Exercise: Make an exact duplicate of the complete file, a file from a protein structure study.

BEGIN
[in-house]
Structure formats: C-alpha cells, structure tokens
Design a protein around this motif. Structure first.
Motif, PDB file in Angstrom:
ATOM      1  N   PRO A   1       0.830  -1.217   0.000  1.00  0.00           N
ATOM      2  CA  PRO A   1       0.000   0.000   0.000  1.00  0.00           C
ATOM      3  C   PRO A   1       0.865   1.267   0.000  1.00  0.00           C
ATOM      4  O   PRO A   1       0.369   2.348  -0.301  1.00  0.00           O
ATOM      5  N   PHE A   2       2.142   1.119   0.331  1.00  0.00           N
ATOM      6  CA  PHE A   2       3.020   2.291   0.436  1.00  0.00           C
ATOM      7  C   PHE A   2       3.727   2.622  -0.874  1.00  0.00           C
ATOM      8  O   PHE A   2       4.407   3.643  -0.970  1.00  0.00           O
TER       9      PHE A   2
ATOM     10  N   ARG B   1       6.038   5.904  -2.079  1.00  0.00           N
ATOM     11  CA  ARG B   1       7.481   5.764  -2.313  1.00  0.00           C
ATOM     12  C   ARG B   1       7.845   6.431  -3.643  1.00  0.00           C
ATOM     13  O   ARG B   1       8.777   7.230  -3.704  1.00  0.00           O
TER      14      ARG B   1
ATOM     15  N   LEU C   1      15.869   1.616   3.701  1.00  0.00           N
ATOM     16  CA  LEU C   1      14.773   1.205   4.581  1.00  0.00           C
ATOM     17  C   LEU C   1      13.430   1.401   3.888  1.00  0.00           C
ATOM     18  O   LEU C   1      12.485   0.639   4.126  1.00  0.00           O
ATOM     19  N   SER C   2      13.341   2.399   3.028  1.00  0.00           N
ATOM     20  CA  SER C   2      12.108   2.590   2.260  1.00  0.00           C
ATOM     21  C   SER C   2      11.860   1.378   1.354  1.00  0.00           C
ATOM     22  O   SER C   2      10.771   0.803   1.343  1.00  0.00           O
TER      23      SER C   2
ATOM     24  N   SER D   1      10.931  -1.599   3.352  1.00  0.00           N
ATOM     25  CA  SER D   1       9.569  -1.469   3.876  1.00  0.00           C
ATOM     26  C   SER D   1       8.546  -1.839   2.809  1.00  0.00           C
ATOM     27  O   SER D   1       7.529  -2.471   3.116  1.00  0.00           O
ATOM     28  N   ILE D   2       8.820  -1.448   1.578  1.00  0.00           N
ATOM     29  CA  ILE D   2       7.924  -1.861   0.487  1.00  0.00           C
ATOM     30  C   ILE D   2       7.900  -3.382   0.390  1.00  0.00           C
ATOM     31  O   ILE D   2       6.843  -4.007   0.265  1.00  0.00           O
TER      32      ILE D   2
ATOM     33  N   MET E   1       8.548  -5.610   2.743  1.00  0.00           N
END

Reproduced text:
[in-house]
Structure formats: C-alpha cells, structure tokens
Design a protein around this motif. Structure first.
Motif, PDB file in Angstrom:
ATOM      1  N   PRO A   1       0.830  -1.217   0.000  1.00  0.00           N
ATOM      2  CA  PRO A   1       0.000   0.000   0.000  1.00  0.00           C
ATOM      3  C   PRO A   1       0.865   1.267   0.000  1.00  0.00           C
ATOM      4  O   PRO A   1       0.369   2.348  -0.301  1.00  0.00           O
ATOM      5  N   PHE A   2       2.142   1.119   0.331  1.00  0.00           N
ATOM      6  CA  PHE A   2       3.020   2.291   0.436  1.00  0.00           C
ATOM      7  C   PHE A   2       3.727   2.622  -0.874  1.00  0.00           C
ATOM      8  O   PHE A   2       4.407   3.643  -0.970  1.00  0.00           O
TER       9      PHE A   2
ATOM     10  N   ARG B   1       6.038   5.904  -2.079  1.00  0.00           N
ATOM     11  CA  ARG B   1       7.481   5.764  -2.313  1.00  0.00           C
ATOM     12  C   ARG B   1       7.845   6.431  -3.643  1.00  0.00           C
ATOM     13  O   ARG B   1       8.777   7.230  -3.704  1.00  0.00           O
TER      14      ARG B   1
ATOM     15  N   LEU C   1      15.869   1.616   3.701  1.00  0.00           N
ATOM     16  CA  LEU C   1      14.773   1.205   4.581  1.00  0.00           C
ATOM     17  C   LEU C   1      13.430   1.401   3.888  1.00  0.00           C
ATOM     18  O   LEU C   1      12.485   0.639   4.126  1.00  0.00           O
ATOM     19  N   SER C   2      13.341   2.399   3.028  1.00  0.00           N
ATOM     20  CA  SER C   2      12.108   2.590   2.260  1.00  0.00           C
ATOM     21  C   SER C   2      11.860   1.378   1.354  1.00  0.00           C
ATOM     22  O   SER C   2      10.771   0.803   1.343  1.00  0.00           O
TER      23      SER C   2
ATOM     24  N   SER D   1      10.931  -1.599   3.352  1.00  0.00           N
ATOM     25  CA  SER D   1       9.569  -1.469   3.876  1.00  0.00           C
ATOM     26  C   SER D   1       8.546  -1.839   2.809  1.00  0.00           C
ATOM     27  O   SER D   1       7.529  -2.471   3.116  1.00  0.00           O
ATOM     28  N   ILE D   2       8.820  -1.448   1.578  1.00  0.00           N
ATOM     29  CA  ILE D   2       7.924  -1.861   0.487  1.00  0.00           C
ATOM     30  C   ILE D   2       7.900  -3.382   0.390  1.00  0.00           C
ATOM     31  O   ILE D   2       6.843  -4.007   0.265  1.00  0.00           O
TER      32      ILE D   2
ATOM     33  N   MET E   1       8.548  -5.610   2.743  1.00  0.00           N